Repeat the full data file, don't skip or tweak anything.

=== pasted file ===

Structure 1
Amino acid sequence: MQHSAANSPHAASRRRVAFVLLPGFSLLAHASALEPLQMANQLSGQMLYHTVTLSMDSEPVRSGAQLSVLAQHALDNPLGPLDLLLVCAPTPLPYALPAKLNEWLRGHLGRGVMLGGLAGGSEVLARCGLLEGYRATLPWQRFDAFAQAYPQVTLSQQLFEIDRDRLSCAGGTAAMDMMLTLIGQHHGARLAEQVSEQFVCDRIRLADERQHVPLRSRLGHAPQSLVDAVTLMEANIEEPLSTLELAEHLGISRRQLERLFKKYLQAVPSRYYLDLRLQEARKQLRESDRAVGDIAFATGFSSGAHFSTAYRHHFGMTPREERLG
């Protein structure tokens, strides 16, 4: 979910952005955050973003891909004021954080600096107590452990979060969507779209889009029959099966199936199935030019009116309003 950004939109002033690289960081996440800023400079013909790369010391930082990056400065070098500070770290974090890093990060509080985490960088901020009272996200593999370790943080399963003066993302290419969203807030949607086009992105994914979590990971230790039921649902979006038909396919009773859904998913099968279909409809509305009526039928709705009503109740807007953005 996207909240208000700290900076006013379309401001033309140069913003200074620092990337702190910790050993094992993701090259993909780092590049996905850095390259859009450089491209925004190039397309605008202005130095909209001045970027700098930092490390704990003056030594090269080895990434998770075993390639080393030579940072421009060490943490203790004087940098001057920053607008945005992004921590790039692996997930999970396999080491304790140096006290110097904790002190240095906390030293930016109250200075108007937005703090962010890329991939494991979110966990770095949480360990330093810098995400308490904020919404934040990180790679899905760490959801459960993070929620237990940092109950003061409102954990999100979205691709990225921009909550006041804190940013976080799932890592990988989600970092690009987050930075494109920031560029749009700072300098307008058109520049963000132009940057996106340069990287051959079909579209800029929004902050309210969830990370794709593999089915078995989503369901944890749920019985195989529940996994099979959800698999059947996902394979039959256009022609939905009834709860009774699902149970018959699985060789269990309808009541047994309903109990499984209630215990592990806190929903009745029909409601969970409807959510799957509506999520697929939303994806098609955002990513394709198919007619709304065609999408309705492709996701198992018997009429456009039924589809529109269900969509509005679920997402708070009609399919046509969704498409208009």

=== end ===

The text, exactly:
Structure 1
Amino acid sequence: MQHSAANSPHAASRRRVAFVLLPGFSLLAHASALEPLQMANQLSGQMLYHTVTLSMDSEPVRSGAQLSVLAQHALDNPLGPLDLLLVCAPTPLPYALPAKLNEWLRGHLGRGVMLGGLAGGSEVLARCGLLEGYRATLPWQRFDAFAQAYPQVTLSQQLFEIDRDRLSCAGGTAAMDMMLTLIGQHHGARLAEQVSEQFVCDRIRLADERQHVPLRSRLGHAPQSLVDAVTLMEANIEEPLSTLELAEHLGISRRQLERLFKKYLQAVPSRYYLDLRLQEARKQLRESDRAVGDIAFATGFSSGAHFSTAYRHHFGMTPREERLG
């Protein structure tokens, strides 16, 4: 979910952005955050973003891909004021954080600096107590452990979060969507779209889009029959099966199936199935030019009116309003 950004939109002033690289960081996440800023400079013909790369010391930082990056400065070098500070770290974090890093990060509080985490960088901020009272996200593999370790943080399963003066993302290419969203807030949607086009992105994914979590990971230790039921649902979006038909396919009773859904998913099968279909409809509305009526039928709705009503109740807007953005 996207909240208000700290900076006013379309401001033309140069913003200074620092990337702190910790050993094992993701090259993909780092590049996905850095390259859009450089491209925004190039397309605008202005130095909209001045970027700098930092490390704990003056030594090269080895990434998770075993390639080393030579940072421009060490943490203790004087940098001057920053607008945005992004921590790039692996997930999970396999080491304790140096006290110097904790002190240095906390030293930016109250200075108007937005703090962010890329991939494991979110966990770095949480360990330093810098995400308490904020919404934040990180790679899905760490959801459960993070929620237990940092109950003061409102954990999100979205691709990225921009909550006041804190940013976080799932890592990988989600970092690009987050930075494109920031560029749009700072300098307008058109520049963000132009940057996106340069990287051959079909579209800029929004902050309210969830990370794709593999089915078995989503369901944890749920019985195989529940996994099979959800698999059947996902394979039959256009022609939905009834709860009774699902149970018959699985060789269990309808009541047994309903109990499984209630215990592990806190929903009745029909409601969970409807959510799957509506999520697929939303994806098609955002990513394709198919007619709304065609999408309705492709996701198992018997009429456009039924589809529109269900969509509005679920997402708070009609399919046509969704498409208009």